February 21, 2024

Anonymous Apps - Apps with No Login Required | Stashpad

Jess Cooper

Jess Cooper

Learn why you might want to build an anonymous app with no login or account required in this blog post

Anonymous Apps - Apps with No Login Required | Stashpad

Creating a good user experience starts from the minute someone downloads or opens your app. And oftentimes, one of the first negative experiences a user encounters is a clunky account creation or login process. This moment of friction can be the difference between successful adoption–or not, so it's important to get it right.

Enter, the concept of anonymous apps. Not to be confused with social media apps where you can login under a pseudonym. Anonymous apps don't require an account to use.

In this post, we'll explore anonymous apps, what they are, the benefits and challenges of building them, and some of our learnings in building elements of anonymous apps into our own app.

What is an anonymous app?

An anonymous app is an app that doesn't require the user to create an account or login to be able to use it. So the user flow would be: open the app, and get to work. If it sounds simple, it's because it is. At least on the user's side, but that's kind of the point.

Anonymous apps are not quite as simple to create and develop, but we'll dive into that a little later.

Benefits of anonymous apps

So why create an anonymous app? In the age of data gluttony, it may seem counterintuitive to let people use your app for free and not provide any data when doing so. Here are the main benefits as we see them:

  1. There's no friction for a user to get started using your app, starting your relationship off on the right foot
  2. You can get the user to the 'aha' moment faster without administrative-type distractions like verifying an account
  3. You can get your app in front of as many people as possible and still collect usage-type data
  4. Users only need to provide their email/personal details once they reach value with your app (if you offer non-anonymous options)

Your entire app doesn't need to be anonymous. What typically works well is if you create a "freemium" experience where the free or basic version is anonymous and doesn't require a login. Once the user wants to start upgrading their experience whether that be for additional security options or features that can't be implemented without login, they can then create a login and/or pay.

Challenges of building anonymous apps

Now, I'm sure by this point you have a lot of questions. As anonymous apps do go against some accepted best practices in the industry. There are some challenges to consider when deciding if this approach is right for you:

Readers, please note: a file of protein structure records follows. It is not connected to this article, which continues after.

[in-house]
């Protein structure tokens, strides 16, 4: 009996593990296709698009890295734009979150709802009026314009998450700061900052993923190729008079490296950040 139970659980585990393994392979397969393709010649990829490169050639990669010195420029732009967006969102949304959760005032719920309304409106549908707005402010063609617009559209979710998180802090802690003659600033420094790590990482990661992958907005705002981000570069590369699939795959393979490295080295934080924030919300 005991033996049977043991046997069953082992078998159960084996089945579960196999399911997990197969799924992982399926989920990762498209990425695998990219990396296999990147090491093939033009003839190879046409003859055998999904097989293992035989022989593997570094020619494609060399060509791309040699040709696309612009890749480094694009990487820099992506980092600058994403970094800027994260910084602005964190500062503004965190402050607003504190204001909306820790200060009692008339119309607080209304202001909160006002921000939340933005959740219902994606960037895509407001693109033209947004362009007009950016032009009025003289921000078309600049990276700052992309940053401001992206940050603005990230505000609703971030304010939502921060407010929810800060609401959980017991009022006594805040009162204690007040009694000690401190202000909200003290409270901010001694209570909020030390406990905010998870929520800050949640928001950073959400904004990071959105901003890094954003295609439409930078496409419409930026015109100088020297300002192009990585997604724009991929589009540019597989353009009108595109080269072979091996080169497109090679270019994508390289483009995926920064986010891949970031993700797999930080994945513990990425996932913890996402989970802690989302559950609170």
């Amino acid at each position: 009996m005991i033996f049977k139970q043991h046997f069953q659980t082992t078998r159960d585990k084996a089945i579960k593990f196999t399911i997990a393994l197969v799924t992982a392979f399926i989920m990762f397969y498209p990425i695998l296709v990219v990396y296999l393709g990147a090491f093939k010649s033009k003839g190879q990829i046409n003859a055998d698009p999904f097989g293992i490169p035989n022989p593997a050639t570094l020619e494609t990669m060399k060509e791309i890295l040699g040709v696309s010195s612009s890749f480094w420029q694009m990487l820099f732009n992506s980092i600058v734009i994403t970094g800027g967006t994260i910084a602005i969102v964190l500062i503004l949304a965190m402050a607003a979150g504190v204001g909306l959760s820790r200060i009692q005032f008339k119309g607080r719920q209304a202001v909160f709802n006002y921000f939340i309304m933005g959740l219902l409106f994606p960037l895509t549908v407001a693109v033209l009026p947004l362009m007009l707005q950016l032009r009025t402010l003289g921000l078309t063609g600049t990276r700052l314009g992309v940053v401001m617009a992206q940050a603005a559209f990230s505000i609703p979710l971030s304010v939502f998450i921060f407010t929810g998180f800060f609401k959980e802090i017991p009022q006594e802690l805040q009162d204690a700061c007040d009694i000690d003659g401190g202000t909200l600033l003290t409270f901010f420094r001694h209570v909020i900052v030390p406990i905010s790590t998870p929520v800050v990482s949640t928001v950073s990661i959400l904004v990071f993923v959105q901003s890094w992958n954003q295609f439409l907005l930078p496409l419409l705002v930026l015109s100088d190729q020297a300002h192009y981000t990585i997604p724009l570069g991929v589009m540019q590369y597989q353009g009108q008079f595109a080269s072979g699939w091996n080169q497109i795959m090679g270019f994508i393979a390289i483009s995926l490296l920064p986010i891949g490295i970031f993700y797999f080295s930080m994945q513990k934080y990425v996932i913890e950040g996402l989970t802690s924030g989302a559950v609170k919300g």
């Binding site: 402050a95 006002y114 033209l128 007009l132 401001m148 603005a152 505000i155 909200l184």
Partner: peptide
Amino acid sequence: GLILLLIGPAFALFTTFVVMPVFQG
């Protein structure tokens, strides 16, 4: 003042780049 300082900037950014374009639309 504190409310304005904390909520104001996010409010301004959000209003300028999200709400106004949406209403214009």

1. From the perspective of the builder, can you get enough feedback? Your data and ability to contact the user will be limited if they don't provide those details. However, there are ways around this. For example, building in feedback forms and using analytics that aren’t account-specific.
  2. Also from the builder perspective, can you make money? It's important to strategically create a pricing model that incentivizes logging in and paying for premium features. At Stashpad, we have certain security measures that are only available to users that log in. We’re genuinely excited to offer a generous free tier because we love what we’re building and want as many people to have access as possible. And a generous free tier is key to Product Led Growth in our eyes.
  3. From a user perspective, they may find an anonymous app confusing. They may not understand if they've been logged in automatically or not. The key here is to make it clear in the UI that you are not logged in. Think Anonymous Ardvark user icons or similar.

Security considerations with anonymous apps

Of course with anything related to building an app, there are crucial security considerations to make. To help bring to light these considerations, we'll share our thought process when designing a new anonymous product we're working on at Stashpad.

We're able to offer an app that meets the security needs of most consumers and smaller companies by using nano IDs, which are virtually unguessable by computers. However, there's a limitation in that if anyone gets sent the link by mistake, they would have access. This is acceptable for many use cases, like for example when you use Loom and don't set permissions, but not for cases where an enterprise IP is involved. In those cases, you can't restrict access without requiring proper login.

We considered a few work-arounds to this:

  • To offer an anonymous waiting room (similar to a Zoom waiting room, but not logged in, where someone could enter a name and the doc owner could permit them). However, the downfall of this option is that someone could easily claim to be someone else.
  • The ability to require a password for anonymous users. This way people can stay anonymous, but use a document-level password to enter the doc. The issue here is that the authorization would be done on the client side, not the server side so it could still be circumvented.

We feel either of the above more 'seemingly secure options' (but really not so much) are actually worse than offering real authentication and/or authorization security additions, because they're deceptive. So in our new product, you have an anonymous nano ID or and options for logged in restricted access. We believe this covers the vast majority of cases.

What do you think of anonymous apps? Is there a strong enough business case to consider this structure in your app?

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